Jean Valjean and
the Buddhist Monk
Van Gogh in Anticipation of Gauguin
From the winter until the fall of 1888, when Gauguin joined Vincent in Arles, both artists made tremendous artistic strides. Vincent famously reached that "high yellow note" that allowed him to produce some of the most accomplished works in his oeuvre. And Gauguin in Pont-Aven finally broke free of all vestiges of Impressionism to create his first fully Symbolist paintings. It would be an exaggeration to say that the two artists' entirely epistolary relationship during this period proved indispensable to their artistic advances. But it certainly affected the content, the quantity, and, in subtle ways, the style of their output. On the emotional level, the impact was greatest on Vincent, who turned the prospect of sharing his "Yellow House" with Gauguin into an overriding obsession. Yet Gauguin, who received many letters from Vincent and could read those sent to Bernard, did not remain unaffected. He became absorbed by a sensibility whose depths he had hardly penetrated in Paris.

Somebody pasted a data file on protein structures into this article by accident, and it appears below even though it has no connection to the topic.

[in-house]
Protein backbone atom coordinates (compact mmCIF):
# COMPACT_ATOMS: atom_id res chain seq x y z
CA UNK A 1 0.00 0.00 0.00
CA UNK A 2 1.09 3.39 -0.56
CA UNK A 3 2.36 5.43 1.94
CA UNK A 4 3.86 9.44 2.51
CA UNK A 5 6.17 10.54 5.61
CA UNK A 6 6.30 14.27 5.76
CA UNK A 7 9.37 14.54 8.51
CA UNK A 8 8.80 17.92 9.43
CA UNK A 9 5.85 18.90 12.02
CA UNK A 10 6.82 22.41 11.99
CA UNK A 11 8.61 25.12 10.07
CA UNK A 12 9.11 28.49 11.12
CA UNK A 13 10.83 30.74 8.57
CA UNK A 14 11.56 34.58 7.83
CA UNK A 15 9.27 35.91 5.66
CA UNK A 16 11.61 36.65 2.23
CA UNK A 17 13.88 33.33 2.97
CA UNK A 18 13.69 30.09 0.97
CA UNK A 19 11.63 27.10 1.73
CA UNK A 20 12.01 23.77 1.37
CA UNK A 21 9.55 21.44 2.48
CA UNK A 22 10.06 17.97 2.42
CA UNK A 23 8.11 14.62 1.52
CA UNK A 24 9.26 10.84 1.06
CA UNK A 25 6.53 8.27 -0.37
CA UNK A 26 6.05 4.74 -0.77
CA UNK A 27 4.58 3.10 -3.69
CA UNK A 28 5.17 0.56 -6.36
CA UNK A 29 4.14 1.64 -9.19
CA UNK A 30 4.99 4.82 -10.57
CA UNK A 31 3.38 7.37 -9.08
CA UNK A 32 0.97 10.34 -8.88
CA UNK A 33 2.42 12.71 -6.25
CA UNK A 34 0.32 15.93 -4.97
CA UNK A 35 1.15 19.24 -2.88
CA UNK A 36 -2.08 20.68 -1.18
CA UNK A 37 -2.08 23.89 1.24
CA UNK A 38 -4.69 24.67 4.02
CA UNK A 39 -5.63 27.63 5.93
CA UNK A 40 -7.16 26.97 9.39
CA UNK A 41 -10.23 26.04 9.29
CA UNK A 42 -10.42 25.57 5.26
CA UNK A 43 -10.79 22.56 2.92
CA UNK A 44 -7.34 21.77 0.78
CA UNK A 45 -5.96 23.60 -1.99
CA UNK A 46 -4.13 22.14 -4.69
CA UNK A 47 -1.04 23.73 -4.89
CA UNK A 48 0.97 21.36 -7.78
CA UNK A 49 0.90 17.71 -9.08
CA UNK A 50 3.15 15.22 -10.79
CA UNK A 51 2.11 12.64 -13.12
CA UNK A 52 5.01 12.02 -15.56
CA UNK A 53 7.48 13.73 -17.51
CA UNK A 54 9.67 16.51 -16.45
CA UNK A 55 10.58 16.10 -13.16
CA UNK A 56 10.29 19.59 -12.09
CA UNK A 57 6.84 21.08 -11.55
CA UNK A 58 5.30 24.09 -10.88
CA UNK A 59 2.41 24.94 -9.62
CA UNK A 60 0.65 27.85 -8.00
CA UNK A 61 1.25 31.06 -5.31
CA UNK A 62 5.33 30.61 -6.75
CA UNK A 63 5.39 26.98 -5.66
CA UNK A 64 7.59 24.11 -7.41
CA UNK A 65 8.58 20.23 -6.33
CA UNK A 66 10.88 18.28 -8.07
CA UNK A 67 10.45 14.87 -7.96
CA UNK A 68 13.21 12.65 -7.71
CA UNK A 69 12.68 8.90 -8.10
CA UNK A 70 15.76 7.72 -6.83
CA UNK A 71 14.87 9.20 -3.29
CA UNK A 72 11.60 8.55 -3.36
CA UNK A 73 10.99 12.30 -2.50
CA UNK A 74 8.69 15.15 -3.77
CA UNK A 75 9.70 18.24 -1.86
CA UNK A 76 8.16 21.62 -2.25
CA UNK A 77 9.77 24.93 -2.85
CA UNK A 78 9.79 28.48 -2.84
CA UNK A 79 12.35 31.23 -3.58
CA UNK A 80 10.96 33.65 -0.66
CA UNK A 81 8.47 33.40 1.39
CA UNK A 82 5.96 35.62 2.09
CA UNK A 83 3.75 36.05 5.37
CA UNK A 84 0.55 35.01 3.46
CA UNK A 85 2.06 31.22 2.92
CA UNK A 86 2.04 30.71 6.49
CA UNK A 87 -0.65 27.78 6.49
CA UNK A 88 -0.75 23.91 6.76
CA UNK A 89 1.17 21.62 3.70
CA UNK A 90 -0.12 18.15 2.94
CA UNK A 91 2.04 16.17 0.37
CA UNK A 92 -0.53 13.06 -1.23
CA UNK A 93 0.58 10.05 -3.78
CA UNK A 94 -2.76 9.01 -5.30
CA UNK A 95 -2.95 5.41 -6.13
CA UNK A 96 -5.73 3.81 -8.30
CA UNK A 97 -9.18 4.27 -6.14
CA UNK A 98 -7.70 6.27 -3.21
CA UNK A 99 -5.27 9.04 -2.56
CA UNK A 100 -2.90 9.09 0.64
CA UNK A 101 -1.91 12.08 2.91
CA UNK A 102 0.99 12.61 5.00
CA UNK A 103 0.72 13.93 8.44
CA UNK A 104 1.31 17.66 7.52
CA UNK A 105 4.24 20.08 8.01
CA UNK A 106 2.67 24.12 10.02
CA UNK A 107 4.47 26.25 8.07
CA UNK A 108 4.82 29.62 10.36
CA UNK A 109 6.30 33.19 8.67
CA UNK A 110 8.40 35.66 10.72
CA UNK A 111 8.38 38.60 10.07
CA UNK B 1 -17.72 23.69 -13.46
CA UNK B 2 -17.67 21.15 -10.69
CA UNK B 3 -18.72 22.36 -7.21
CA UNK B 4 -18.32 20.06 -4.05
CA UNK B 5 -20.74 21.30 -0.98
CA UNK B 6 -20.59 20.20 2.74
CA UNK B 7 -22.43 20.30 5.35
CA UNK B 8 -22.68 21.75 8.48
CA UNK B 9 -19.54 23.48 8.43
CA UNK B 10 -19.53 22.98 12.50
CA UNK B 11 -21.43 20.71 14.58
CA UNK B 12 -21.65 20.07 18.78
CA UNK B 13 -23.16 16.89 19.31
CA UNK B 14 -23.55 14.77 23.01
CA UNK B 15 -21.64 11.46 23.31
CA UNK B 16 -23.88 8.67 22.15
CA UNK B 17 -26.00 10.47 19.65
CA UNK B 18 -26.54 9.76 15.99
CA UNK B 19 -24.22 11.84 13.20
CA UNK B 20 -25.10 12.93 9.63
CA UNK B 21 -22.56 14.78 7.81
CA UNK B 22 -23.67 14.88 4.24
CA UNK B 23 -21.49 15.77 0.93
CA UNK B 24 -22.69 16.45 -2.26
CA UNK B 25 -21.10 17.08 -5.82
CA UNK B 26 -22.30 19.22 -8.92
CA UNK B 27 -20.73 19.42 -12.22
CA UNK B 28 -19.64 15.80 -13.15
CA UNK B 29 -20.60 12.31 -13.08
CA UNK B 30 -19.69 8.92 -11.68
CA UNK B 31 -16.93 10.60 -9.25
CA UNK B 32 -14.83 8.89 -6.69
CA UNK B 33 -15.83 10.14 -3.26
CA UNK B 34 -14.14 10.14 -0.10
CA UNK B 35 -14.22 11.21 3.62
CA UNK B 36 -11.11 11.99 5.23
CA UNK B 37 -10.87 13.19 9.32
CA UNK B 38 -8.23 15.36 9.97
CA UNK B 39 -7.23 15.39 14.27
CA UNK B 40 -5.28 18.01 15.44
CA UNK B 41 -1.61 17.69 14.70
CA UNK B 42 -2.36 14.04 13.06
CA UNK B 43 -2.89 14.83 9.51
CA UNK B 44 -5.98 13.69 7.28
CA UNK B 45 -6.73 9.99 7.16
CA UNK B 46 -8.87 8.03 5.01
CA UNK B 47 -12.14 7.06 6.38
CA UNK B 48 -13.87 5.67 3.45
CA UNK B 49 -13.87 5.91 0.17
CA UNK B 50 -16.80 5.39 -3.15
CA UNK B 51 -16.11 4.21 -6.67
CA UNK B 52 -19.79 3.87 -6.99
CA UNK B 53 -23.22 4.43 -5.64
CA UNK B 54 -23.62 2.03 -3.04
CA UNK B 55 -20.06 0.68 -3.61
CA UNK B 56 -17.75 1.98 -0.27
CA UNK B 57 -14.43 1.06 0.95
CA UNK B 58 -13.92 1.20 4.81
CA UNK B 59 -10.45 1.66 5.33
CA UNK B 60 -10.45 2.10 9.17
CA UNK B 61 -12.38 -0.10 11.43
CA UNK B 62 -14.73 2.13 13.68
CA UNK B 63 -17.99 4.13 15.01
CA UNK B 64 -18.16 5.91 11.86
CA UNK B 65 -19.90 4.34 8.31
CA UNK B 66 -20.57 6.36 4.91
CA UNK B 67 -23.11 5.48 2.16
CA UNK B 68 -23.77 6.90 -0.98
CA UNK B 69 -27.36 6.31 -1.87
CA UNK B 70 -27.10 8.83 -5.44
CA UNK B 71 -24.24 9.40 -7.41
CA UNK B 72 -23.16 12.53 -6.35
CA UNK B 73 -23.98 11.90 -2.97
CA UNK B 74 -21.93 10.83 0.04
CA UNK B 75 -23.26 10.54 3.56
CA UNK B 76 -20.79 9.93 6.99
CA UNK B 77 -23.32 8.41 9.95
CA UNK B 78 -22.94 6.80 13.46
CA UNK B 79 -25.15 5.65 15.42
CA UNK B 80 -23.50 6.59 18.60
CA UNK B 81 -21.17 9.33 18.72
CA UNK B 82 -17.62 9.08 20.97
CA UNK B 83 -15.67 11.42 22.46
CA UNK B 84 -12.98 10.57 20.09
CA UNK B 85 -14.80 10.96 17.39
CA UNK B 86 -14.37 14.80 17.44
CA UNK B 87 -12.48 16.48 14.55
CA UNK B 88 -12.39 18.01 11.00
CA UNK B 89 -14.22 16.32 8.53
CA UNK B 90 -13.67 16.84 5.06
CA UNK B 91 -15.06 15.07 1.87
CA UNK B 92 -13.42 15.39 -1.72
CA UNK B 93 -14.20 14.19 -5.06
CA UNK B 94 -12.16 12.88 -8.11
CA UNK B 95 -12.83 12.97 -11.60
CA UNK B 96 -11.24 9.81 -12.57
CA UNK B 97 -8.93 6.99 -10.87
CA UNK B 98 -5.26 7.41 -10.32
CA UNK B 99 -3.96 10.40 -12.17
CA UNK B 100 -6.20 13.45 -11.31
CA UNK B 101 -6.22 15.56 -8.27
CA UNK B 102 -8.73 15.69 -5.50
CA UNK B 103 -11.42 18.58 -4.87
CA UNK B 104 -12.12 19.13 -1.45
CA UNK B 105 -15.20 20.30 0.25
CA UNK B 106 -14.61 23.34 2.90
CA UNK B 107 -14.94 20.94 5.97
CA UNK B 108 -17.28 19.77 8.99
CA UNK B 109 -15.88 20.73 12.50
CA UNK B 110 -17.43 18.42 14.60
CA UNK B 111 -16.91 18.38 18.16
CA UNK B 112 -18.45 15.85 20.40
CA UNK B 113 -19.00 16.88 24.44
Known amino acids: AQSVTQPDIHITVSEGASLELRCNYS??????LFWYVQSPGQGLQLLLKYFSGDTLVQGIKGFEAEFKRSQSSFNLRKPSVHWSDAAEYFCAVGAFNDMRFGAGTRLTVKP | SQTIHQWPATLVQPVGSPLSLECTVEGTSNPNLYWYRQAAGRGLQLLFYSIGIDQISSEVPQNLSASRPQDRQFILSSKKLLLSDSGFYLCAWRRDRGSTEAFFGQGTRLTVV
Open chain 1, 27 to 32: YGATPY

The central drama during these months was when and how Gauguin would make his way to Arles. As early as May, Theo and Vincent had offered to pay Gauguin's living expenses in Arles in exchange for paintings. Yet it would take